Amazon Associates Cuts Off Colorado Affiliates Over Taxes
New Colorado Law Taxes Amazon Sales Via Associates
A new Colorado law which took effect on March 1st requires all online retailers who have affiliates within the State of Colorado to collect sales taxes for purchases made over the Internet. In response, Amazon sent a notice to all of its Colorado based Amazon Associates informing them that the company was terminating the Amazon affiliate program in Colorado. Obviously, this is a big setback for small businesses in making money online via the program.
Technically, the new law does not require Amazon to collect sales taxes in Colorado. That would be unconstitutional since the U.S. Supreme Court has ruled that companies can only be compelled to collect sales taxes in states that they have a "nexus," or some sort of physical presence such as warehouses, office space, or retail stores. Since Amazon does not have any physical presence in Colorado, it cannot be compelled by the state to collect Colorado sales tax no matter how many laws Colorado passes.
Theoretically, the individual who made the purchase still owes the sales taxes to the state they reside in. However, the only mechanism to collect those taxes would be voluntarily informing the state of the purchase and remitting the required sales taxes. You can imagine how often this happens in real life. Indeed, one of the best tax tricks for 2009 or any year is to buy expensive items online without sale tax.
In an effort to get around this prohibition, the Colorado legislature crafted legislation that requires any online retailer with any sort of marketing or affiliate program within the state to send, by regular snail mail, a notice to anyone who makes an online purchase informing them that they owe state sales taxes on their purchase. Therefore, technically, Colorado is not violating Federal Law by trying to compel Amazon to actually collect the taxes.
Obviously, this is a loophole only a lawyer could love. Amazon is an online retailer that operates on razor thin margins by eliminating the costs of physical retail stores and things like paper mail which require paying postage. By forcing Amazon to send a notice to every customer in the state, Colorado is deliberately making it both expensive and complicated to comply the law. The idea is that it won't be worth Amazon's time to do so, and instead, the company will just cave in and collect the state sales tax. The company's decision to end the Amazon affiliate program in Colorado is proof that they have no intention of doing so.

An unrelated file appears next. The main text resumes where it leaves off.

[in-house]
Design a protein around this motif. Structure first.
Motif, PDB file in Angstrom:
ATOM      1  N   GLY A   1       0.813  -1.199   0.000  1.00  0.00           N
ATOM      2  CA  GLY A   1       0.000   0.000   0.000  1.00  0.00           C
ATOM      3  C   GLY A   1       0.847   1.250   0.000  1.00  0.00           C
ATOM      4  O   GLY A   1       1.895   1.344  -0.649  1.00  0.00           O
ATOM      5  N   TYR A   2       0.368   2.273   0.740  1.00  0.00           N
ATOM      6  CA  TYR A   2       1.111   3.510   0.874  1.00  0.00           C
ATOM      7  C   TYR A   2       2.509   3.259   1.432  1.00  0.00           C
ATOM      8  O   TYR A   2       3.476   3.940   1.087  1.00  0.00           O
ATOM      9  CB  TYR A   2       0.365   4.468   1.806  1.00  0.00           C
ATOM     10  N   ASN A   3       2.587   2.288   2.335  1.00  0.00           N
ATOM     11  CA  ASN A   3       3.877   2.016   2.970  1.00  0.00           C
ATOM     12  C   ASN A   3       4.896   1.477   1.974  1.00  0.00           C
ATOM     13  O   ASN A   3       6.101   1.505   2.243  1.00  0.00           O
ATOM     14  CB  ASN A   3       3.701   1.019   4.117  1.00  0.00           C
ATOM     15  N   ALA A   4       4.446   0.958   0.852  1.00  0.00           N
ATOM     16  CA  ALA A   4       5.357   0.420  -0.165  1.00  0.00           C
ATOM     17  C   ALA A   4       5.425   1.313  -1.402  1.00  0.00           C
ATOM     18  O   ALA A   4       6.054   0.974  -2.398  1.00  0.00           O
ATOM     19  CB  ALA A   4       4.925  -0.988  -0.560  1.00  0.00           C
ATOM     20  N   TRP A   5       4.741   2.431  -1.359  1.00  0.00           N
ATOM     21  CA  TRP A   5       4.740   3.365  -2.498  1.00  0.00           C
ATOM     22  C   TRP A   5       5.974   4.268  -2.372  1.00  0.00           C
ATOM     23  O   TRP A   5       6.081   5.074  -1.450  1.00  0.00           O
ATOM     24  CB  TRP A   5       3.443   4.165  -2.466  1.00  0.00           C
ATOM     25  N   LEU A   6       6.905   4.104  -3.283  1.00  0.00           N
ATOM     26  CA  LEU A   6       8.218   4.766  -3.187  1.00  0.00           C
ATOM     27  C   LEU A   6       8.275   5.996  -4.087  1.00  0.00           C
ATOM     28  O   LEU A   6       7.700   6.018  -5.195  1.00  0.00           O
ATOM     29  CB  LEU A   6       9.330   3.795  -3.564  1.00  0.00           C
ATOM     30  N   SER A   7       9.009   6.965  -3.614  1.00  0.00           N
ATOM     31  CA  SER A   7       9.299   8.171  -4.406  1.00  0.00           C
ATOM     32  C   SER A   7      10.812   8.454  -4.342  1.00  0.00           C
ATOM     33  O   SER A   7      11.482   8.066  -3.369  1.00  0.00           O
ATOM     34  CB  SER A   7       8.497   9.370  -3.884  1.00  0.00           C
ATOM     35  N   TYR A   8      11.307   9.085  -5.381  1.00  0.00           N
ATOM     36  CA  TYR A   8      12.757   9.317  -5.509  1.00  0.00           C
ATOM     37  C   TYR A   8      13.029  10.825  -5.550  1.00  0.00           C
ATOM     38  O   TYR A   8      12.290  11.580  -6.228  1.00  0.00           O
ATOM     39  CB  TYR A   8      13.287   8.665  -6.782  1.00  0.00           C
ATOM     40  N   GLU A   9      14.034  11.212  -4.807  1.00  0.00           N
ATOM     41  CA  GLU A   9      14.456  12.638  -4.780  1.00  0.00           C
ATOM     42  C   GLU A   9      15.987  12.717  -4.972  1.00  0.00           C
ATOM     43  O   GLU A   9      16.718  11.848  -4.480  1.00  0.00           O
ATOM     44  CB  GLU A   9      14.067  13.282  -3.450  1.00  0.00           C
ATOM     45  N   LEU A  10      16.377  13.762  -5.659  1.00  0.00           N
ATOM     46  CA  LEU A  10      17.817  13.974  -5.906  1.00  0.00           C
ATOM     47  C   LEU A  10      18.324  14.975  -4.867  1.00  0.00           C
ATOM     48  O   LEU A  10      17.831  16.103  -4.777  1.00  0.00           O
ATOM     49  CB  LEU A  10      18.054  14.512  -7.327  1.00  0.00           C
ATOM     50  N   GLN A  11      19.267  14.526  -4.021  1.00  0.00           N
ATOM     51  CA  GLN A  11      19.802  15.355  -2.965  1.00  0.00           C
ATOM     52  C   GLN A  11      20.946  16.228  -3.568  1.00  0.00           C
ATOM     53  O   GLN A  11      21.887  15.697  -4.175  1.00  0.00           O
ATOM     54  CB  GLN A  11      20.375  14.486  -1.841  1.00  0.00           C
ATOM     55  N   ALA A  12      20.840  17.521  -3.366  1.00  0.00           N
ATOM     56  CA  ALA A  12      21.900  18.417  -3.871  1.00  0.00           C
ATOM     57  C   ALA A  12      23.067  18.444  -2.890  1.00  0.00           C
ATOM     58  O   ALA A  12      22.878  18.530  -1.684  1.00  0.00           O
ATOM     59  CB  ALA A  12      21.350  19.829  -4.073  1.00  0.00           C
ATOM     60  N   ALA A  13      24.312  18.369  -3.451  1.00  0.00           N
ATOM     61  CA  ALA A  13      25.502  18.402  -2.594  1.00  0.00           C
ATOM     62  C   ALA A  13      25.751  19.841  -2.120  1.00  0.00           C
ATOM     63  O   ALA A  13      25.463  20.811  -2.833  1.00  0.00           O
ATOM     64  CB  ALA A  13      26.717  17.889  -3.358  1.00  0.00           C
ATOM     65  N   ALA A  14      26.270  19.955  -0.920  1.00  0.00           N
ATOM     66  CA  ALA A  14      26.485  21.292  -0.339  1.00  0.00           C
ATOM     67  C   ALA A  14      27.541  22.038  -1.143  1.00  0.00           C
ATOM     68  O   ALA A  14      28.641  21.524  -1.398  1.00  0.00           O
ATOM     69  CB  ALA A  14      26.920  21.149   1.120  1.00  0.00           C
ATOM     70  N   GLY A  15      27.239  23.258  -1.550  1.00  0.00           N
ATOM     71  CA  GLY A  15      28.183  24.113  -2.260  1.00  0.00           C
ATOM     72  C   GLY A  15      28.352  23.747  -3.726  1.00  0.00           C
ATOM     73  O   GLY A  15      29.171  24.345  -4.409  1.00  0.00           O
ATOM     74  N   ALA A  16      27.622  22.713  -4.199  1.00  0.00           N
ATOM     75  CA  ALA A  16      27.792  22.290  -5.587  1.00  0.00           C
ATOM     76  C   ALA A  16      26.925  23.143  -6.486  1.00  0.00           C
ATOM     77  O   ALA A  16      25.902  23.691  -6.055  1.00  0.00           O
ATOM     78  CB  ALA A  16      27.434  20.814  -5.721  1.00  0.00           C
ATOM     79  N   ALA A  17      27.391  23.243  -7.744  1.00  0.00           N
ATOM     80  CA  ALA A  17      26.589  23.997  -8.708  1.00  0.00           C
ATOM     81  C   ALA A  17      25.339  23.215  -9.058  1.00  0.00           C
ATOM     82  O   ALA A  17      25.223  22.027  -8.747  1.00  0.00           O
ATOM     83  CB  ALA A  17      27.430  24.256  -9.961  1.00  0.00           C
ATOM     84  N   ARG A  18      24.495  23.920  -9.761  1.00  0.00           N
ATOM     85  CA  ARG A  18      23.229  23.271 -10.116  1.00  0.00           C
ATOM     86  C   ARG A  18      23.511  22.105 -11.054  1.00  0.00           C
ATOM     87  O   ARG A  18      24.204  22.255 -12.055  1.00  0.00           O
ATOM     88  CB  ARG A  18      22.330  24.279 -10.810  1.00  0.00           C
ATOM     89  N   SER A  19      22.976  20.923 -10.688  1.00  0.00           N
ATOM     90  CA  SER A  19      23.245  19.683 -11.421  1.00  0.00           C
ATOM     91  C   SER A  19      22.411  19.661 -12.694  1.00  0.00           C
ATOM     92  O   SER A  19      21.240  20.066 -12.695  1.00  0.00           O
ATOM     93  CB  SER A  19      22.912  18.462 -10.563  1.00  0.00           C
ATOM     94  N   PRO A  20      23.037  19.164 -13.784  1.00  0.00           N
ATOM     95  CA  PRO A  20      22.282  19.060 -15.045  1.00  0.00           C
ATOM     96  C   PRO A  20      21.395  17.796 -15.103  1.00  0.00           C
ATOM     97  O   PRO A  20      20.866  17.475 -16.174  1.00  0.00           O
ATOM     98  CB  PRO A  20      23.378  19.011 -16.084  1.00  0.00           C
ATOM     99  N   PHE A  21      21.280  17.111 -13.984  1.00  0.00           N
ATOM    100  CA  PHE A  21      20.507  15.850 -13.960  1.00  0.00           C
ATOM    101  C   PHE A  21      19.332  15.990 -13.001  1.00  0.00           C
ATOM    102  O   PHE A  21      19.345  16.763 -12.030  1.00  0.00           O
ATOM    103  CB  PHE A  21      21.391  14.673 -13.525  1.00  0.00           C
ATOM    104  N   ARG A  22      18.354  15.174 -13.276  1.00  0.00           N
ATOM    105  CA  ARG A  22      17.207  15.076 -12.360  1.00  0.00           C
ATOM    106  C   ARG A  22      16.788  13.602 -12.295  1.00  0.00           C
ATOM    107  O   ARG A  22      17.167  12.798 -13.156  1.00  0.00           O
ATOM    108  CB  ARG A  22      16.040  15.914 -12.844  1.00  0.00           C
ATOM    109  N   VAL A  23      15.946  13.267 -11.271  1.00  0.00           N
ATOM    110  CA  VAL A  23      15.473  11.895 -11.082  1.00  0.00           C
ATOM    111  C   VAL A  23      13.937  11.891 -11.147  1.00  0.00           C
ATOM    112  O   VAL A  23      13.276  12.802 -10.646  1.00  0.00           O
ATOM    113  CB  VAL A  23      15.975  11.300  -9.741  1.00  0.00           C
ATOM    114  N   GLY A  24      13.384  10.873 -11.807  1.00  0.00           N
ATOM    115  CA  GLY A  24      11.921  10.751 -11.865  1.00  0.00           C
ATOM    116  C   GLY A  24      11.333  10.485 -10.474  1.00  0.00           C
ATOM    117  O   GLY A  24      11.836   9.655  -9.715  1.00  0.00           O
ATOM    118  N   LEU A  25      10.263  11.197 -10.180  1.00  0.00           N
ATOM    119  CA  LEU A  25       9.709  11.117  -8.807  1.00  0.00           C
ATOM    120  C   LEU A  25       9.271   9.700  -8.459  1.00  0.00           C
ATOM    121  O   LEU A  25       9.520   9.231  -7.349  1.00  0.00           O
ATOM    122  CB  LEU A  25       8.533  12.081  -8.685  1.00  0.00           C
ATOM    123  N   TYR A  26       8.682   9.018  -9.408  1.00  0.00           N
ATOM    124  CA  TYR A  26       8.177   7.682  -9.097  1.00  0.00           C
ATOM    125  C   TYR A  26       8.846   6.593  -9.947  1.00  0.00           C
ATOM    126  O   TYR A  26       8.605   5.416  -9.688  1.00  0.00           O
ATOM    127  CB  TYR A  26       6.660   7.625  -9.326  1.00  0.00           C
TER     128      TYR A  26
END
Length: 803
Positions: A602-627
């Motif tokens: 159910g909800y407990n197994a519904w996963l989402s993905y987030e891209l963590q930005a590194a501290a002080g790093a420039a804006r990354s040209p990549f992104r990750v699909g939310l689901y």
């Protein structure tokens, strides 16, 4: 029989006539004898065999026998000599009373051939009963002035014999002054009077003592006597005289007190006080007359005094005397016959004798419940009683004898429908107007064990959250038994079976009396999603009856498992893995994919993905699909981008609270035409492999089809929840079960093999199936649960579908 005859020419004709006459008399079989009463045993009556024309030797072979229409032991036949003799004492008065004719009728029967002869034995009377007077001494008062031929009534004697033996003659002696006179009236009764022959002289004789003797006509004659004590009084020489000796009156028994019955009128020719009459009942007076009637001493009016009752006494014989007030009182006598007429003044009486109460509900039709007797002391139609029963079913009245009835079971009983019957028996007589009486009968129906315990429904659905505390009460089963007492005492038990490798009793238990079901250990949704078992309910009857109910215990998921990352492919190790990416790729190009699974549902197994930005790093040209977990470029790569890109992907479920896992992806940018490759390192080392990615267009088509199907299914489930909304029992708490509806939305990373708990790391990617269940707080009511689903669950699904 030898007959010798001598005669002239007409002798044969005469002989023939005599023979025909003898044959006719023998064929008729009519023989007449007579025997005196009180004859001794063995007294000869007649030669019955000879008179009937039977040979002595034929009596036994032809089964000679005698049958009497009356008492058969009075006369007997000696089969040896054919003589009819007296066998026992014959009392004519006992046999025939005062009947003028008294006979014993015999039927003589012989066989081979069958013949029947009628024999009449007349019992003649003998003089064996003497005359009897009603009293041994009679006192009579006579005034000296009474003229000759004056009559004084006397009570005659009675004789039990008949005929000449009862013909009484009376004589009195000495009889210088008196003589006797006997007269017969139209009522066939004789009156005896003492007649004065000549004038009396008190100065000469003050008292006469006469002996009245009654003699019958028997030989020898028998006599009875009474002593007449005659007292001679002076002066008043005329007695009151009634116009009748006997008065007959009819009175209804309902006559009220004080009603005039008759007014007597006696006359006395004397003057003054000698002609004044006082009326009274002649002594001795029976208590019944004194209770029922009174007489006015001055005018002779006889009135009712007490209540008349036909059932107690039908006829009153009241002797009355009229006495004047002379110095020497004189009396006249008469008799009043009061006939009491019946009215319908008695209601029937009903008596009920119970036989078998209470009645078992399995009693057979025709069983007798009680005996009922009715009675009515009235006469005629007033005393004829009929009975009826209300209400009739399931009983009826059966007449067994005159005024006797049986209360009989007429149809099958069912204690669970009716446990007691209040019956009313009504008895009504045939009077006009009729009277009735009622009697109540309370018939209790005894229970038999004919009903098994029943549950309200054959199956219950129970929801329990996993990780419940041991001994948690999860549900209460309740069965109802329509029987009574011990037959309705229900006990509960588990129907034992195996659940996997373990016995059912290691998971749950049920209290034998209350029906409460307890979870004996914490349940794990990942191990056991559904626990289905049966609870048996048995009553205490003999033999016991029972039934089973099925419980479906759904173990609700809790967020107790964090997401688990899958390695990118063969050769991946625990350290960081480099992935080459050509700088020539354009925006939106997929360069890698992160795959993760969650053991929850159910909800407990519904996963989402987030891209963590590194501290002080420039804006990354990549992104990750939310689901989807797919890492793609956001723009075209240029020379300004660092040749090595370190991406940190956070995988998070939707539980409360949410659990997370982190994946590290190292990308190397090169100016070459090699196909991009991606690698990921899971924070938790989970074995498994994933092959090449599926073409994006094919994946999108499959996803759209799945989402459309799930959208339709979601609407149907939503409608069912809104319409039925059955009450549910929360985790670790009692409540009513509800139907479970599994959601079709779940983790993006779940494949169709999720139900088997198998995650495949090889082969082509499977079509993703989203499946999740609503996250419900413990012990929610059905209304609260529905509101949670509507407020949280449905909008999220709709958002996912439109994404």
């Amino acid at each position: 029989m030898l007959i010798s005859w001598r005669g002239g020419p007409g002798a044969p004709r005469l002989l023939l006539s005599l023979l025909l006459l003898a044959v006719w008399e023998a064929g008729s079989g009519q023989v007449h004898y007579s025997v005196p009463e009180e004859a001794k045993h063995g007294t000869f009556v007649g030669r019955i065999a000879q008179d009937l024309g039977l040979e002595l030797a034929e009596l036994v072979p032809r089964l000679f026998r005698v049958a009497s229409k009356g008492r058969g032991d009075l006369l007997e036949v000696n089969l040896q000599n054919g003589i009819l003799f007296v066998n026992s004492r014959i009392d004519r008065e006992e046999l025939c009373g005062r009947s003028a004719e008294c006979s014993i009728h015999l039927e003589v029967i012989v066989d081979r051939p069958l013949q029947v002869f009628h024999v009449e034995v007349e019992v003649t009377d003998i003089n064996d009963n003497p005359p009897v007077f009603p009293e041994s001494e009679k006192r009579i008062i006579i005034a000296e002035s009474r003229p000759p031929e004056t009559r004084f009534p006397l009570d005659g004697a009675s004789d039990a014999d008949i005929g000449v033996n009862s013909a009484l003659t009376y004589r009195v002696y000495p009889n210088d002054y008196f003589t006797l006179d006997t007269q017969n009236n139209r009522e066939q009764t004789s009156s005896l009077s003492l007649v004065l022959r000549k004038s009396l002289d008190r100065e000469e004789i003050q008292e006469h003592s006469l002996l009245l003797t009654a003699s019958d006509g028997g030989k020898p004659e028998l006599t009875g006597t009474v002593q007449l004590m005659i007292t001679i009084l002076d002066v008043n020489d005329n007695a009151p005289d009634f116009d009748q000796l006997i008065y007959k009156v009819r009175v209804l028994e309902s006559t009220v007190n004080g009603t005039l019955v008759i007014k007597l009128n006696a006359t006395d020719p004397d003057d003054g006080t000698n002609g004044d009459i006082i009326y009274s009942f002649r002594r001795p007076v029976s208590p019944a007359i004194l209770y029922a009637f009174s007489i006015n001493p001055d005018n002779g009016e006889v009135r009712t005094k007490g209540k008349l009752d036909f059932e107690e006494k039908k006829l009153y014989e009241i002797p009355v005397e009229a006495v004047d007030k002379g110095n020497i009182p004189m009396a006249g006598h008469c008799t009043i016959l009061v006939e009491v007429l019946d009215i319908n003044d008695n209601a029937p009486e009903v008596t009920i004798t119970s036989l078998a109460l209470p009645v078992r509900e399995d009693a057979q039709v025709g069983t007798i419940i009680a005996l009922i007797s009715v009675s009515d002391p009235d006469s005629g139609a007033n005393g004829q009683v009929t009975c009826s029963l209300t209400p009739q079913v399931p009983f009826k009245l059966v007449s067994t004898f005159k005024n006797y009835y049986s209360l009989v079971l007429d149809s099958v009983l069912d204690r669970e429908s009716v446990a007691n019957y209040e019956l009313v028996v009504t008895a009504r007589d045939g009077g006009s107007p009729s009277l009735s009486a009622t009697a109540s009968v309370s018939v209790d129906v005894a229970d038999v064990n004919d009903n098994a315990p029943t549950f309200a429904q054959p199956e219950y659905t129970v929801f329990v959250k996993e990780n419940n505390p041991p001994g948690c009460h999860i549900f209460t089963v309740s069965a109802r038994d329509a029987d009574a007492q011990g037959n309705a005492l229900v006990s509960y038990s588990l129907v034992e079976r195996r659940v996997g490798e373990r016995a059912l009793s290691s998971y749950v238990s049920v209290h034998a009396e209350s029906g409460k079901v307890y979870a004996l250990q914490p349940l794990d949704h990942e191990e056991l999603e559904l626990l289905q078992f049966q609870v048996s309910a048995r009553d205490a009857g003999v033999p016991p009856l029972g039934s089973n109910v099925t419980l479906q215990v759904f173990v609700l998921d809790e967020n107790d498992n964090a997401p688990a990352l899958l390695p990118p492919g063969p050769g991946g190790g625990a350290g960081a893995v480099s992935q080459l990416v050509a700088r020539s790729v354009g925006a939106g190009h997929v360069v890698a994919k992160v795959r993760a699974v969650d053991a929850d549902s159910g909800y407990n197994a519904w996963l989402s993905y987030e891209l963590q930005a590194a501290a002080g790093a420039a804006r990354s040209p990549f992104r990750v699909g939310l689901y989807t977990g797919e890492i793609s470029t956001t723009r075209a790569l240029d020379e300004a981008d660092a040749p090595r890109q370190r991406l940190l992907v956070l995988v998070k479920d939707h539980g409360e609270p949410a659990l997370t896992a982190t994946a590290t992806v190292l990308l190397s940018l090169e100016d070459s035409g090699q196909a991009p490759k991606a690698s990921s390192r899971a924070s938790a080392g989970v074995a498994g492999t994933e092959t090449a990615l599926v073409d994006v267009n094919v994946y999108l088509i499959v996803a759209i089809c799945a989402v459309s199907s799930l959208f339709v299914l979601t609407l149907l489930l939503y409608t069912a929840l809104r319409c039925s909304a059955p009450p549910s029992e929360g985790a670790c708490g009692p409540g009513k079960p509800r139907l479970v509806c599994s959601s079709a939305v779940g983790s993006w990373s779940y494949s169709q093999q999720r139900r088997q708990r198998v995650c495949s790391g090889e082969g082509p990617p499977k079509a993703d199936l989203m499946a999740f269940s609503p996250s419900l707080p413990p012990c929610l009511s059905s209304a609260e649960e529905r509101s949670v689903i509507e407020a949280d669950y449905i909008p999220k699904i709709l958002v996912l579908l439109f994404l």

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Of course, this decision doesn't hurt Amazon in anyway, nor does it help the state by generating extra revenues. Instead, the thousands of entrepreneurs in Colorado who make money as Amazon Associates are the ones who are going to get hurt because they can no longer participate in the program.
All of which would be a perfectly acceptable choice made by the elected representatives of the Colorado people, if any of them had even the slightest understanding of what they were talking about, or the effects of what they were doing.
A recent Denver Post article, shows uninformed Colorado Senator Michael Johnston proving his ignorance by saying that Amazon was just making an example of Colorado and that it was just a publicity stunt.
"They (Amazon) absolutely killed the affiliates just to show that they can," said Sen. Michael Johnston, D-Denver.
If Johnston did any research on the issue instead of reading the talking points some lobbyist handed him, he might know that Amazon had already ended its Amazon Associates program in Rhode Island and North Carolina when they passed laws aimed at forcing sales tax collections. The company also filed a lawsuit in New York when that state passed like minded laws. Amazon does so as a business decision and not for publicity.
For the time being, online business owners in Colorado have to worry about losing ALL of their affiliate relationships since the law applies to all online firms and not just Amazon. For example, Overstock.com also cut off affiliates in those states that tried to force expensive new business requirements.
Ironically, no one in Colorado government has commented yet on how much income tax revenue the state stands to lose after those thousands of Amazon Associates lose part of their income thanks to the elimination of affiliate programs.
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